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From Fillers to Face Lifts - GMC's Tough New Standards for Cosmetic Practice Docs

19/04/2016 17:40 | Updated 20 April 2016

Not so long ago cosmetic treatments were the preserve of the rich and famous, but what was once a niche area of UK healthcare has expanded quickly. Wider availability means just about anyone can consider a nip here, a tuck there, or a quick injection of Botox.

But regulation hasn't kept pace with the rapid growth - particularly when it comes to non-surgical procedures - and the lure of large profits for companies and individuals make it vital that people are given as much protection as possible.

The need for the General Medical Council's new guidance for doctors was highlighted by Sir Bruce Keogh's review following the PIP breast implant scandal. It came to light that thousands of women had been given implants made using industrial grade, rather than medical grade, silicon.

Sir Bruce's review found evidence of a range of poor practices - people being hurried or influenced into making hasty treatment decisions, misleading advertising, poor discussion of the risks involved, little understanding of, or appropriate support for, those with psychological problems, and very poor continuity of care or support if something went wrong.

I was shocked by many of the stories that came to light, although I was also heartened by the professionalism of many doctors working in this field, and their determination to raise standards across the sector.

Among issued raised with us, as well as the lack of regulation, were the poor quality of the products and devices being used, problems with the level of aftercare, practitioners working beyond their level of experience, and advertising that was often misleading and inappropriate.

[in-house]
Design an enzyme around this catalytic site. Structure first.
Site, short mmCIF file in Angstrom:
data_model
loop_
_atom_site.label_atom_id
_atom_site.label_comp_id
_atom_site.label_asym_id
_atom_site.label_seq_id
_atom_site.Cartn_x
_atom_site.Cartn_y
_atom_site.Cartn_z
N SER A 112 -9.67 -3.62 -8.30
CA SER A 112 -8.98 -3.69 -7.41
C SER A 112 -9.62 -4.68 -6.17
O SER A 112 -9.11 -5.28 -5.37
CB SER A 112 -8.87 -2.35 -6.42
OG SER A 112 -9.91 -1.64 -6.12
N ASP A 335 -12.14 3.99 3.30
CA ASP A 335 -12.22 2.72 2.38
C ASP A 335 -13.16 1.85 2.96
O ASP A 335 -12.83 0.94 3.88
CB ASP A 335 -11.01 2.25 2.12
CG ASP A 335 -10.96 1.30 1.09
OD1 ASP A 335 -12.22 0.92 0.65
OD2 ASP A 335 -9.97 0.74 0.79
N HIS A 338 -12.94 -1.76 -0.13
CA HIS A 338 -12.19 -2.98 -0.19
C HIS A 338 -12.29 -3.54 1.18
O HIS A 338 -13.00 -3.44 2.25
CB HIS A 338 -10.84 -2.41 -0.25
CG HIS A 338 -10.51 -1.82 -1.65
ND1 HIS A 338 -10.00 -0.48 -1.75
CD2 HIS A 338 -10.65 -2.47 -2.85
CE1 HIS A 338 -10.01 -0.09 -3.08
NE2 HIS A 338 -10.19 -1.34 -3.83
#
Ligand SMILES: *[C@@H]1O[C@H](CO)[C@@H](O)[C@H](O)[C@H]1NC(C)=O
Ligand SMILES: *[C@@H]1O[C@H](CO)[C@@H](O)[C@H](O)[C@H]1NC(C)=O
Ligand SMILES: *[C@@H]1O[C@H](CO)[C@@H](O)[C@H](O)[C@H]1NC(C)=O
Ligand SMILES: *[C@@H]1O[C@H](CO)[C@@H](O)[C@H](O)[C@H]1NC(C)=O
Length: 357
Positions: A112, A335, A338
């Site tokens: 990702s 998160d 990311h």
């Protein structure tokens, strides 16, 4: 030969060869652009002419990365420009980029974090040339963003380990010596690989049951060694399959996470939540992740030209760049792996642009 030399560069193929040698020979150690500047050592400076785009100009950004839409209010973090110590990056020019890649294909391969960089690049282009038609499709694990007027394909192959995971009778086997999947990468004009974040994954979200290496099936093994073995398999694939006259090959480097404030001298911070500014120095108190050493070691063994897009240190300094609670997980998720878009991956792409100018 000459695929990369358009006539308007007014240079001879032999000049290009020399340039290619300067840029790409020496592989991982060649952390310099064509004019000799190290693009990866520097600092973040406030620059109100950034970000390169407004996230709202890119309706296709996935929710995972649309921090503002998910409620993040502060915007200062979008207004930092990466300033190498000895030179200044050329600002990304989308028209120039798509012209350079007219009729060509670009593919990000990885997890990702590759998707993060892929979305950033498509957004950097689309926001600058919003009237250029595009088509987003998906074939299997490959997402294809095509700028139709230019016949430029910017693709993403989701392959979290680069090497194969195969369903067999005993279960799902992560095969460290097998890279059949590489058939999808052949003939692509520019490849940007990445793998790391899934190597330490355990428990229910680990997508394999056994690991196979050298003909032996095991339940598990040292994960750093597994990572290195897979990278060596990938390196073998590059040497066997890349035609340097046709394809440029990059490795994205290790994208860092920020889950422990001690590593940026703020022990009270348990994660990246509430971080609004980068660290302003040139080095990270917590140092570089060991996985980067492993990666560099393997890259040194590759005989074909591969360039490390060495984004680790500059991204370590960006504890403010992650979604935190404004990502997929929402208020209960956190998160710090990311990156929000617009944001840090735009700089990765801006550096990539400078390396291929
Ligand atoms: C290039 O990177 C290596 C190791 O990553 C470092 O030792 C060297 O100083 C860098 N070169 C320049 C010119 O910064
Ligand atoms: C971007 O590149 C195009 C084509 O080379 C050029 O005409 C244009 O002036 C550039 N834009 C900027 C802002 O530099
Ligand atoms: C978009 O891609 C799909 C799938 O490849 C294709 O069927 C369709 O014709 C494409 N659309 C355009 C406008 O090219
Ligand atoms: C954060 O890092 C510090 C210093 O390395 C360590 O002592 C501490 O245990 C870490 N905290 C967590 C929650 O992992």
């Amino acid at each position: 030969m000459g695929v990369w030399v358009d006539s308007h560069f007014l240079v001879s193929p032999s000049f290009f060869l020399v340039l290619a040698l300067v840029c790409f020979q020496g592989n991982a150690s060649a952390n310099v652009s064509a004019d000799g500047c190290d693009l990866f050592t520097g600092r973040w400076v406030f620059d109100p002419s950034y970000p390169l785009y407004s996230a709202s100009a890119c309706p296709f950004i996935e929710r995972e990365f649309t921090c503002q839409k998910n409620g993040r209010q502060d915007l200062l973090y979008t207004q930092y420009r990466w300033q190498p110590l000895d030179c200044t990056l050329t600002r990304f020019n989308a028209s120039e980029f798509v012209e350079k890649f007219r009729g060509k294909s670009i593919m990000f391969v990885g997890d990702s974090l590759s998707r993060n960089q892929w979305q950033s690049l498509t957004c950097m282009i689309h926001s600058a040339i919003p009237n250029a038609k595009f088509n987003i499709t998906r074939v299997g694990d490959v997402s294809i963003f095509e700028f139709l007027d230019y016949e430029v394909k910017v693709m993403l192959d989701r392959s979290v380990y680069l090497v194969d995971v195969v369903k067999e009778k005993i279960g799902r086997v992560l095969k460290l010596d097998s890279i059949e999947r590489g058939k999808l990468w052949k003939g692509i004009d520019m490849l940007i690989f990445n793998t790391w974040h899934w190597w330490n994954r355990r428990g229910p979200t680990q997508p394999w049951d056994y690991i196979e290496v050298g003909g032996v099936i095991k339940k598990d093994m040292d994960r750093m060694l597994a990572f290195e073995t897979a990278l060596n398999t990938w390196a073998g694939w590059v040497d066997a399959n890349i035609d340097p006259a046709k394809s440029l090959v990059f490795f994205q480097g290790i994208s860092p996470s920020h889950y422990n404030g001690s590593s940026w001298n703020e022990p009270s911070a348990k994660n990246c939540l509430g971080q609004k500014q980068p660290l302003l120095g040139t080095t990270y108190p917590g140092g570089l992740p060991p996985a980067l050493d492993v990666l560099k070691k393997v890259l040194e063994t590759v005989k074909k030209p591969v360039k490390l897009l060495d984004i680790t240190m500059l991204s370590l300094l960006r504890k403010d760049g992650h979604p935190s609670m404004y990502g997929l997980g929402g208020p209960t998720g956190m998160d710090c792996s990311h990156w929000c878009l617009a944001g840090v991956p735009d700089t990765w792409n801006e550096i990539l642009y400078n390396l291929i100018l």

I believe our new guidance addresses the issues that have come to light, and will help to improve and drive up those standards. Also, importantly, it should help people feel empowered to ask questions about the procedure they're considering, and to walk away if they're not satisfied at the answers they receive.

The new guidelines apply in situations where the main aim of the procedure is to change a patient's physical appearance. This could be either a surgical procedure (such as breast enlargement or laser eye surgery) or a non-surgical procedure (for example Botox).

For people seeking cosmetic interventions, our new standards will help improve the experience they can expect. For example, doctors must seek their consent themselves, and not delegate to sales staff or anyone else. They must give people time to reflect, in effect a 'cooling off' period, take particular care if a person is aged under 18, and they must consider whether individuals have psychological needs or are vulnerable in any way.

Doctors must also market their services responsibly, no offers of procedures as competition prizes or packaged into 'buy one get one free' deals. They must make sure people have the right information, including explaining any medicines or implants used, and, as in all fields of practice, it is vital that they work within their competence, with appropriate supervision, and that they share information on outcomes and safety with colleagues and the appropriate regulatory authorities.

Of course, it is not only doctors who are carrying out cosmetic interventions. As the doctors' regulator we can only produce guidance that applies to them, but the principles are relevant to everyone caring for people who seek cosmetic interventions. We hope other professional groups will find it useful, and that it will play a role in raising standards across the sector.The guidance comes into force in June, and we are producing a short guide anyone considering a cosmetic procedure about what they should look for from their doctor, and what they should expect during and after their procedure.

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